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"RUIN seize thee, ruthless king!
Nor e'en thy virtues, tyrant, shall avail
To save thy secret soul from nightly fears,
"To arms!" cried Mortimer, and couch'd his quivering lance.
On a rock, whose haughty brow
Frowns o'er old Conway's foaming flood,
Robed in the sable garb of woe,
With haggard eyes the Poet stood (Loose his beard, and hoary hair
Stream'd like a meteor to the troubled air);
And with a master's hand, and prophet's fire,
Hark, how each giant oak, and desert cave,
Sighs to the torrent's awful voice beneath!
O'er thee, O king! their hundred arms they wave,
"Cold is Cadwallo's tongue,
That hush'd the stormy main ;
Brave Urien sleeps upon his craggy bed;
Modred, whose magic song
Made huge Plinlimmon bow his cloud-topp'd head.
Smear'd with gore, and ghastly pale;
Far, far aloof the affrighted ravens sail; The famish'd eagle screams and passes by. Dear lost companions of my tuneful art,
Dear as the light that visits these sad eyes, Dear as the ruddy drops that warm my heart, Ye died amidst your dying country's cries. No more I weep; they do not sleep;
On yonder cliffs, a grisly band,
I see them sit; they linger yet,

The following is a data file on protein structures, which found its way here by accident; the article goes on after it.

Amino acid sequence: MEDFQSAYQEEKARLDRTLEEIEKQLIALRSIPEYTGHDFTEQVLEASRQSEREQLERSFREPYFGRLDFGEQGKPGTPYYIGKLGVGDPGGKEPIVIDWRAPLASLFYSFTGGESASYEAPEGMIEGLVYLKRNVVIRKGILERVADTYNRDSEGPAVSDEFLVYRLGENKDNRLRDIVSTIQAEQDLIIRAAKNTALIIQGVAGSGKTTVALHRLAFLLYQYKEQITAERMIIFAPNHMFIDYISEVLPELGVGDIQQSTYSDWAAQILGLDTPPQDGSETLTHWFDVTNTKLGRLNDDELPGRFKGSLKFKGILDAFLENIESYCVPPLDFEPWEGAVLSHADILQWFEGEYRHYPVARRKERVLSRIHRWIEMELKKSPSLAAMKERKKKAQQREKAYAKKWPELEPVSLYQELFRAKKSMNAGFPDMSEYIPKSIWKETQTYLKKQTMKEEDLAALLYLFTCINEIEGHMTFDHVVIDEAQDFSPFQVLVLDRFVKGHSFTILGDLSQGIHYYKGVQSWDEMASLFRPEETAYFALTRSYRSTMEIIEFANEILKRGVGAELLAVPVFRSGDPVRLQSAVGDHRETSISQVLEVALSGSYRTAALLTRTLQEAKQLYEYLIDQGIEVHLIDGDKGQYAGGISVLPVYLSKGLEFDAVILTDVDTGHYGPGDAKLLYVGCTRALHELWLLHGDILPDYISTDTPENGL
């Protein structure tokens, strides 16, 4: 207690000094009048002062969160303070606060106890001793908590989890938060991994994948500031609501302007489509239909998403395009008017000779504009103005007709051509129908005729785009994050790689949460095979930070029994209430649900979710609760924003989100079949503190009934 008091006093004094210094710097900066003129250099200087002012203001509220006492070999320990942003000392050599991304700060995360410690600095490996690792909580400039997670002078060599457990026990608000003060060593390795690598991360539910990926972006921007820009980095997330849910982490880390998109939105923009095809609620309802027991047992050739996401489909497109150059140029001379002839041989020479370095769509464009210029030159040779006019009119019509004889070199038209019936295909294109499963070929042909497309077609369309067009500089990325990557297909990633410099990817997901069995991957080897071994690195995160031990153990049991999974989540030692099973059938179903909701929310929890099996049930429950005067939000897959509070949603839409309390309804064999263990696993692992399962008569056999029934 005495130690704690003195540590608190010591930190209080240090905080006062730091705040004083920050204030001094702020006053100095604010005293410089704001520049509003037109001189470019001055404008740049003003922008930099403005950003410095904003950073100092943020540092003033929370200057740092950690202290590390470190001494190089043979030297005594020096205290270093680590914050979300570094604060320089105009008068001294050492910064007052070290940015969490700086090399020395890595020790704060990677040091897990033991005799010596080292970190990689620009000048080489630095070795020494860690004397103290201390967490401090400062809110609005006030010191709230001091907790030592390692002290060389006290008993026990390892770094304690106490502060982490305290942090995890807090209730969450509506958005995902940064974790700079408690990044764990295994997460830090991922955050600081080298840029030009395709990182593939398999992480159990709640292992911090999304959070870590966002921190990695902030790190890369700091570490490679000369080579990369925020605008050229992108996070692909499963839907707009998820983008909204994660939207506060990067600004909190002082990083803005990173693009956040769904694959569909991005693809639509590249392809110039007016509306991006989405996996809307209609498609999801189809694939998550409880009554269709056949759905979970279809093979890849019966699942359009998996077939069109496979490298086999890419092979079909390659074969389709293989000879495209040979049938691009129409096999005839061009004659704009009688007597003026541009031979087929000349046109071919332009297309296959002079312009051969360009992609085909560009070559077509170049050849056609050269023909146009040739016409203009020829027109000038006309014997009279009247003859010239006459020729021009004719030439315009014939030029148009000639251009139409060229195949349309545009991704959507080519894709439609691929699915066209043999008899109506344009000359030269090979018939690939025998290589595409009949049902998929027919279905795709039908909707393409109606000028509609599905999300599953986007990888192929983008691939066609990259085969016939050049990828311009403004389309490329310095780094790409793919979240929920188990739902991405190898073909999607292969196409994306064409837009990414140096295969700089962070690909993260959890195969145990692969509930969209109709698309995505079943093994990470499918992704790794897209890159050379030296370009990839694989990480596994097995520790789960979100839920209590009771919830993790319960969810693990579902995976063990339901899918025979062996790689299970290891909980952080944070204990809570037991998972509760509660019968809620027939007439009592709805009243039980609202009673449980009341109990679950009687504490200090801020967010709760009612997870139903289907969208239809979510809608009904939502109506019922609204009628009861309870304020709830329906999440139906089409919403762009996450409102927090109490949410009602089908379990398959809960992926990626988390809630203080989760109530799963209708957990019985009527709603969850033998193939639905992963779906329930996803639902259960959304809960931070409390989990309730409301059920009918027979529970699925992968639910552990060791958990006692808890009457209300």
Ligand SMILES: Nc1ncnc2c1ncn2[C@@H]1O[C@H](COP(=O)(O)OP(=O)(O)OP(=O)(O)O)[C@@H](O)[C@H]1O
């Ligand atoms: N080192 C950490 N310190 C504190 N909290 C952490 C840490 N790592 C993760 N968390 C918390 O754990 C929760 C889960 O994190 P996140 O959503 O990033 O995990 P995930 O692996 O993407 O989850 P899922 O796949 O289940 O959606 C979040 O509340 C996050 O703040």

With me in dreadful harmony they join,
And weave with bloody hands the tissue of thy line.
"Weave the warp, and weave the woof,
Mark the year, and mark the night,
When Severn shall re-echo with affright
The shrieks of death, through Berkeley's roof that ring, Shrieks of an agonizing king!
She-wolf of France, with unrelenting fangs, That tear'st the bowels of thy mangled mate,
From thee be born, who o'er thy country hangs
The Scourge of Heaven. What terrors round him wait!
Mighty victor, mighty lord,
Low on his funeral couch he lies!
No pitying heart, no eye, afford
A tear to grace his obsequies!
Is the sable warrior fled?
Thy son is gone: he rests among the dead.
The swarm that in thy noon-tide beam were born?
Gone to salute the rising morn.
Fair laughs the Morn, and soft the Zephyr blows,
In gallant trim the gilded vessel goes,
Youth at the prow, and Pleasure at the helm ;
Regardless of the sweeping whirlwind's sway,
That, hush'd in grim repose, expects his evening prey.
"Fill high the sparkling bowl,
The rich repast prepare,
Reft of a crown, he yet may share the feast.
Close by the regal chair
Fell Thirst and Famine scowl
A baleful smile upon their baffled guest.
Heard ye the din of battle bray?
Lance to lance, and horse to horse
Long years of havock urge their destined course,
Now, brothers, bending o'er the accursed loom,
"Edward, lo! to sudden fate
(Weave we the woof, the thread is spun,) Half of thy heart we consecrate.
(The web is wove, the work is done.) Stay, oh, stay! nor thus forlorn
Leave me unbless'd, unpitied here to mourn ;
But oh! what solemn scenes on Snowdon's height
No more our long-lost Arthur we bewail,
"Girt with many a baron bold,
Sublime their starry fronts they rear; And gorgeous dames, and statesmen old In bearded majesty appear;
In the midst a form divine!
Her eyes proclaims her of the Briton line;
What strings symphonious tremble in the air,
What strains of vocal transport round her play!
Hear from the grave, great Taliessin, hear!
They breathe a soul to animate thy clay.